Additionally, he has written the textbook Brain and Behavior which is used in cognitive neuroscience courses at Stanford and around the world. His latest masterpiece, Livewired, delves into the fascinating tale of brain plasticity. He explores how the billions of neurons in your brain constantly adapt and reconfigure through your lifetime. Eagleman uncovers the hidden workings of the brain in his bestseller, Incognito: The Secret Lives of the Brain. He skillfully writes about the inner workings of the mind, exploring the complex neural functions that occur beyond our conscious awareness in a manner that is easy to understand. After reading a few of his bestselling books, listening to his podcast, and watching countless videos of Eagleman explaining the inner workings of our mind, I was on a mission to meet this modern-day pioneer at the forefront of brain exploration.
Dr. David Eagleman joined me for breakfast as I sat under the dappled shade of a valley oak on Main Street in Los Altos. His curious blue eyes caught the morning sunlight, and his mischievous smile lit up his face. Meeting someone who is not only an accomplished author but also a neuroscientist, podcaster, writer, and producer was overwhelming. I had to take a few deep breaths to calm my nerdy fan-crush heart rate.
Dressed in workout gear and wearing a Neosensory wristband, Eagleman joined me for a lively conversation about his past, present, and future.
While Eagleman is not one for stepping back into the past because he’s so focused on the future, he took some time out of his very packed schedule to talk with me about his early years and its influence on his current life. Perhaps it was the limitless skies of the Sandia Mountains in Albuquerque where he was raised that inspired him to think about the expansive nature of the human mind and consciousness; or, maybe it was the labyrinthine bookshelves in his father’s study, which were brimming with books in multiple languages, that sparked his incessant curiosity. One memory that does stand out to him is his fascination with the Underwood typewriter in his house. At three years old, he propped himself at the desk and began typing. “I started playing around with the typewriter and learned how to type. I loved writing little books. They were just small kid things, but I enjoyed it so much that I thought I wanted to become a writer,” Eagleman shares.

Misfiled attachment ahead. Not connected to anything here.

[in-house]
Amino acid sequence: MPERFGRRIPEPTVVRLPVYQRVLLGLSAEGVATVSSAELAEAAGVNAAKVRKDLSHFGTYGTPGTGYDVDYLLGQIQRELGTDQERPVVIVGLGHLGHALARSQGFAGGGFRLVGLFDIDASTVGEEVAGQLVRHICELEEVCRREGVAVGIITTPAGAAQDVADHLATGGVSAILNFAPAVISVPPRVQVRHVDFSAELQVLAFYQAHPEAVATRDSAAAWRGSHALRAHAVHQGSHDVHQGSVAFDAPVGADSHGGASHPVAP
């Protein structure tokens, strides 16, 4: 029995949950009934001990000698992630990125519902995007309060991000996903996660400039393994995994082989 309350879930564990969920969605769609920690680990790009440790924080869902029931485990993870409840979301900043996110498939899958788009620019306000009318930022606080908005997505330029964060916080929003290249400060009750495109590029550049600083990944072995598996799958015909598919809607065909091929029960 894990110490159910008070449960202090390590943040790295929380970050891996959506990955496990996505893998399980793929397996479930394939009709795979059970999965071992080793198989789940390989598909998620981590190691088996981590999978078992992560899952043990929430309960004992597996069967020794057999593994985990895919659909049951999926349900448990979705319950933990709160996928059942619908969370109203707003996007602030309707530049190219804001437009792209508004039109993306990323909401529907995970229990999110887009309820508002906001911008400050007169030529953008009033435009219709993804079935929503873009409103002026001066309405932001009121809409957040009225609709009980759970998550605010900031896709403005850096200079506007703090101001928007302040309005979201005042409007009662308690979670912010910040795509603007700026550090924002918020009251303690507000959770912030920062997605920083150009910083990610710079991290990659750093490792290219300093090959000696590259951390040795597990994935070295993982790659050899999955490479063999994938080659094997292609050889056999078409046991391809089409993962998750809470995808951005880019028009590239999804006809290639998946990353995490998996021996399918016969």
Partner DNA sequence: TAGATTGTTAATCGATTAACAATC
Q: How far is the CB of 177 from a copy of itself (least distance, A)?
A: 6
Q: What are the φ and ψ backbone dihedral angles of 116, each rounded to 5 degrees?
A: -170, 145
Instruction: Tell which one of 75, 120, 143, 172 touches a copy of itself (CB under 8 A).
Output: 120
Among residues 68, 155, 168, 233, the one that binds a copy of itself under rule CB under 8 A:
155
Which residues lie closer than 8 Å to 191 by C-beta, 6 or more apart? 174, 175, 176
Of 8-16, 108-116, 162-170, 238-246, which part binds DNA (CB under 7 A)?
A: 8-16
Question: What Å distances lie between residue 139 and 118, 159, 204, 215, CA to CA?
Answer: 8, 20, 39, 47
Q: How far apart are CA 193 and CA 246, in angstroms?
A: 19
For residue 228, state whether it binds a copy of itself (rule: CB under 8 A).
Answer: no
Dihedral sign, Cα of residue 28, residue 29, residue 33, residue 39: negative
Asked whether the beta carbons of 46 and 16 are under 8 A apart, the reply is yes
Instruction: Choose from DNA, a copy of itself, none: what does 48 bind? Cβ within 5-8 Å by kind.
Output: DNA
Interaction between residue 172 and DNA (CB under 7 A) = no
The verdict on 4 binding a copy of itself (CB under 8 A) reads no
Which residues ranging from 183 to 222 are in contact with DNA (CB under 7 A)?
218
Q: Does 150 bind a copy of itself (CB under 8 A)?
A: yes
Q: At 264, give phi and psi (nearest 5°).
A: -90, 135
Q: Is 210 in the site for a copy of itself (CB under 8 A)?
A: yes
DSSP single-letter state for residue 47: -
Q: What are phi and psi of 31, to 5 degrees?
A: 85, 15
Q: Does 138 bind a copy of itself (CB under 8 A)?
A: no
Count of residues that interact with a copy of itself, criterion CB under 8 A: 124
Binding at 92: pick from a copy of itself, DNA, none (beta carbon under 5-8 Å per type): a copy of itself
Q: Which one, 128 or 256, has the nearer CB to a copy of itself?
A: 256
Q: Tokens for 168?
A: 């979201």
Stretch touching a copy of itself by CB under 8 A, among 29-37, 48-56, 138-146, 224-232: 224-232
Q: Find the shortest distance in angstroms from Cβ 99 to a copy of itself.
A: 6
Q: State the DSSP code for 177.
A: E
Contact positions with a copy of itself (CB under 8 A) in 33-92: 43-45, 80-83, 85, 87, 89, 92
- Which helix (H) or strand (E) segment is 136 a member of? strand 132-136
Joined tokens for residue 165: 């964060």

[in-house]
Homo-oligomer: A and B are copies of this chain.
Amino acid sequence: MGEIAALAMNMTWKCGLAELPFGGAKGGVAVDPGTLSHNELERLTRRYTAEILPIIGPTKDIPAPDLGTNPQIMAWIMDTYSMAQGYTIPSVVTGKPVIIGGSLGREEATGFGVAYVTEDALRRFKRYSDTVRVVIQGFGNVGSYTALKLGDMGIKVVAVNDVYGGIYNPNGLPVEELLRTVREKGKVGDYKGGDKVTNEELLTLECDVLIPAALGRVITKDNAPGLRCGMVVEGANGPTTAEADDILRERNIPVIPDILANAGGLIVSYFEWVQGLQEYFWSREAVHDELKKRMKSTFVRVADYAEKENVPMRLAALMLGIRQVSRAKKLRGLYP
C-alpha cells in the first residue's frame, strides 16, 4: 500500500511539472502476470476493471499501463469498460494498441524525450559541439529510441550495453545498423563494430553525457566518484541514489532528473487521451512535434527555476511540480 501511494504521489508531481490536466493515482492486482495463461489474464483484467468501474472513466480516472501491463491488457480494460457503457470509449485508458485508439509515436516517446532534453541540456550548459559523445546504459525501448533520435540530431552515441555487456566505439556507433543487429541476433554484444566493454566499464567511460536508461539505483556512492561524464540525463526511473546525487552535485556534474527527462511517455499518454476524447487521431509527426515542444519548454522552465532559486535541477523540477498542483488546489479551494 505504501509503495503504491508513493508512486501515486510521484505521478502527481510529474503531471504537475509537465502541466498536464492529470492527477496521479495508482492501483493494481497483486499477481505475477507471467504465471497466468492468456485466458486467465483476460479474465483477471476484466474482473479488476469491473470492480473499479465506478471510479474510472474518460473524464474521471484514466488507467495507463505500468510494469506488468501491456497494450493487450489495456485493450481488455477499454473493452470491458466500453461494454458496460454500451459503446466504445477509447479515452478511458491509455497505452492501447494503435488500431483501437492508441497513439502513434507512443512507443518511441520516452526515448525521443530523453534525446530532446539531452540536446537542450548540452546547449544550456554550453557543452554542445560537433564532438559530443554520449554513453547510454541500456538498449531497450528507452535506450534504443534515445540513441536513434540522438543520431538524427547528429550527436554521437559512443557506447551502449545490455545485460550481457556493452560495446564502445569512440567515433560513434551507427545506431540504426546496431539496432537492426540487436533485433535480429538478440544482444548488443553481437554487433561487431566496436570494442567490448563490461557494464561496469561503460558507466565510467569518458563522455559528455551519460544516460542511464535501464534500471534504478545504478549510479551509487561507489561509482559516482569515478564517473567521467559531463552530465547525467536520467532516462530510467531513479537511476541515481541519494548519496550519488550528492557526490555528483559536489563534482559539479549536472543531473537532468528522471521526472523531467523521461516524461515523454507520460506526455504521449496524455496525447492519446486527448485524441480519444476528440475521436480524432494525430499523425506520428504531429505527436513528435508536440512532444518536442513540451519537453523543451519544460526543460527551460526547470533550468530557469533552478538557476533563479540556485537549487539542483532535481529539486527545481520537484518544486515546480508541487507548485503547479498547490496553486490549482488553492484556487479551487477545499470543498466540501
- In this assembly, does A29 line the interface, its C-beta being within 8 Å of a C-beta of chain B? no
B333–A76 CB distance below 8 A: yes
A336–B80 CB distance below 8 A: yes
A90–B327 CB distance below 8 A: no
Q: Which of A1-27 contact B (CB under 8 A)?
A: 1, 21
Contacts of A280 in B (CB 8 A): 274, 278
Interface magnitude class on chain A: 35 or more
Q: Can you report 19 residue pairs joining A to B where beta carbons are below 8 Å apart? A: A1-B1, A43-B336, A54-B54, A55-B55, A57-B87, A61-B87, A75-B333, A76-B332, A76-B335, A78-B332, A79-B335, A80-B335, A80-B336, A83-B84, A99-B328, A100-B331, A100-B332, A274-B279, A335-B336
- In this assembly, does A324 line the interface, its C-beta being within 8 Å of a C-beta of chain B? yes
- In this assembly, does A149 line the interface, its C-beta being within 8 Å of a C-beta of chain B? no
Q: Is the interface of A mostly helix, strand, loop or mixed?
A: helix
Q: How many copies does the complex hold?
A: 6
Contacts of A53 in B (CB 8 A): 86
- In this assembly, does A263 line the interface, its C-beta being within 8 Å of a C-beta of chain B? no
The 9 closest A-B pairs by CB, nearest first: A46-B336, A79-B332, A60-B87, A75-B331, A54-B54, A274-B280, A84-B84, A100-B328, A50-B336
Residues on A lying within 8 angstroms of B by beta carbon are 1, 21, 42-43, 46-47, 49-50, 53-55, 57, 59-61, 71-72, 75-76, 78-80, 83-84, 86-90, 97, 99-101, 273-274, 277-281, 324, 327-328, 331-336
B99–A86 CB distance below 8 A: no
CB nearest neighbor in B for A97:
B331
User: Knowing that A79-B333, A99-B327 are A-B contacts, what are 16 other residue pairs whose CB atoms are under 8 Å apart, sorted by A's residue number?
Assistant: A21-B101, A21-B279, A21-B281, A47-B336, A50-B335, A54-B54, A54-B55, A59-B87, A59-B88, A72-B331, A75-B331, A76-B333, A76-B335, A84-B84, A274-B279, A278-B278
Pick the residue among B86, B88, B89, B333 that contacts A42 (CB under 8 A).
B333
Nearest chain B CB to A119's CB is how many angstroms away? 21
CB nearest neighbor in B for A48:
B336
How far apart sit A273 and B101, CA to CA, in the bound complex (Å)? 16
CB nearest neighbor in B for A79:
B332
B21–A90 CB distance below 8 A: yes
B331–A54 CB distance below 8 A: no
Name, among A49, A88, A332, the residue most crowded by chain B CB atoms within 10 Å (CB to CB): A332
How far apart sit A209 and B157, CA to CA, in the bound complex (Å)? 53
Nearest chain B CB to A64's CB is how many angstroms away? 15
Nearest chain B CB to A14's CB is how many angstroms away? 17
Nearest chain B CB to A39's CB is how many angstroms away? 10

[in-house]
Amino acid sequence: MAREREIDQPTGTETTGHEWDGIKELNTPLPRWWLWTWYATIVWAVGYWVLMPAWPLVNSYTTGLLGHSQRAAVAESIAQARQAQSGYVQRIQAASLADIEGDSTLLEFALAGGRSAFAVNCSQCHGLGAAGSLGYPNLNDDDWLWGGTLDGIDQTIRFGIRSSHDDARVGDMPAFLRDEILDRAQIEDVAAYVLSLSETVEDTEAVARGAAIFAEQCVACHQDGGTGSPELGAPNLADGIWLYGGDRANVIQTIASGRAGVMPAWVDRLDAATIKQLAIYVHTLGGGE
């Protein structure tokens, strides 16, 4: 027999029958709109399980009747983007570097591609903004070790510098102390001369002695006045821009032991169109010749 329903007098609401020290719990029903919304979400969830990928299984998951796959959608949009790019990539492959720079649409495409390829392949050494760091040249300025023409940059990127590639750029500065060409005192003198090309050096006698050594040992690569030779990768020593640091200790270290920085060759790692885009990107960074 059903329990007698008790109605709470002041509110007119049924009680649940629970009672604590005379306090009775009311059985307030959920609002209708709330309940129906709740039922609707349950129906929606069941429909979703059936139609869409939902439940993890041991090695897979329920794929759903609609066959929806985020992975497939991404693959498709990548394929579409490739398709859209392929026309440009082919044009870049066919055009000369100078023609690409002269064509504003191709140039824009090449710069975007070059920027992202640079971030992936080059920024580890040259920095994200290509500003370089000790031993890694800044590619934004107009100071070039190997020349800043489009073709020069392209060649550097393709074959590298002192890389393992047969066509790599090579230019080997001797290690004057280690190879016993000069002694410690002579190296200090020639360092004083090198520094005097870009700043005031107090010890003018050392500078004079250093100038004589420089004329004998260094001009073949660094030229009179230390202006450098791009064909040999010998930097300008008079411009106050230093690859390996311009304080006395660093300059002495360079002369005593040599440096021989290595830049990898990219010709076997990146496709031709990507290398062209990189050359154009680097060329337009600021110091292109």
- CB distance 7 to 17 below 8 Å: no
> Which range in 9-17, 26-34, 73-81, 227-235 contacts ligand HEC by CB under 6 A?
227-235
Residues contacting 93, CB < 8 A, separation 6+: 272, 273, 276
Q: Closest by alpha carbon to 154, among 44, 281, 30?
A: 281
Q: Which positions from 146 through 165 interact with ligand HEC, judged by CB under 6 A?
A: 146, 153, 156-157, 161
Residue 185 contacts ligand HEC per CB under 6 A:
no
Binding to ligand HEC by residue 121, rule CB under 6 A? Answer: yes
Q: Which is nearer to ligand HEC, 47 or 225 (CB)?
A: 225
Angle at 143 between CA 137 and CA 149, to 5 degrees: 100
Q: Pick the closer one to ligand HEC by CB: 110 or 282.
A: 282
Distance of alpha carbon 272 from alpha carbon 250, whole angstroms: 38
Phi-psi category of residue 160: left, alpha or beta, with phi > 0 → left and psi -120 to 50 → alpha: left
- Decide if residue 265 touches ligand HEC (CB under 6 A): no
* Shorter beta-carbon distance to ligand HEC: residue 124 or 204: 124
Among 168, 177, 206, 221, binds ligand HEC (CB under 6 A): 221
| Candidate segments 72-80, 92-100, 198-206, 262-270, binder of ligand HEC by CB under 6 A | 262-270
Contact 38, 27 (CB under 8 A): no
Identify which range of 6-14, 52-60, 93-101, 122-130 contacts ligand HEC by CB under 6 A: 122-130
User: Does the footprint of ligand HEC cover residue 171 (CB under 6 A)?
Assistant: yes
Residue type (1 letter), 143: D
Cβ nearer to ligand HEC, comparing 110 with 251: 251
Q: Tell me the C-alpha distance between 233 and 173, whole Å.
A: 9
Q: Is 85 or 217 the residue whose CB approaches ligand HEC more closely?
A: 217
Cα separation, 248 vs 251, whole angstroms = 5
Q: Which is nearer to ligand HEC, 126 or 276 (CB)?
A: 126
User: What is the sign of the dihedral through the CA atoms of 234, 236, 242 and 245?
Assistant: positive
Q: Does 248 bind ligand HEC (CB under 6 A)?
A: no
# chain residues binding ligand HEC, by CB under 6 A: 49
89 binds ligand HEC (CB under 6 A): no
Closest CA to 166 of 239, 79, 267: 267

When Eagleman was eight years old, he fell off the unfinished roof of a house still under construction. While in mid-flight, time seemed to slow down for him, and Eagleman faced his mortality at a very young age. This brush with death led him to write the mind-bending literary fiction Sum: Forty Tales from the Afterlives. The book is an uncanny speculation of what the afterlife could be through forty different short stories. One of my favorite chapters is one in which the afterlife is filled with countless versions of “you.” There is the “you” who worked out every day, the “you” who stayed home, watched television, and ate junk food. There is the overly critical version of “you” who is doing much better in the afterlife than “you” ever did because of that version’s commitment and grit to their goals. I could easily see myself running into better and worse versions of myself and wondering how I would handle it.
Along with praise for Sum from the New York Times, The New Yorker, and Time Magazine, Eagleman was contacted by Brian Eno, the British musician, composer, record producer, and visual artist. Eno persuaded Eagleman to turn his book into a theatrical production with 12 tales from Sum. It seemed like an inconceivable triad—a book about death, a neuroscientist, and a musician—but on June 6, 2009, at the Sydney Opera House, the theatrical production Tales From the Afterlives debuted to a sold- out audience. Then, independently, Max Richter, one of the most prodigious figures on the contemporary music scene in the United Kingdom, composed and produced Sum: Forty Tales from the Afterlives at London’s famed Royal Opera House.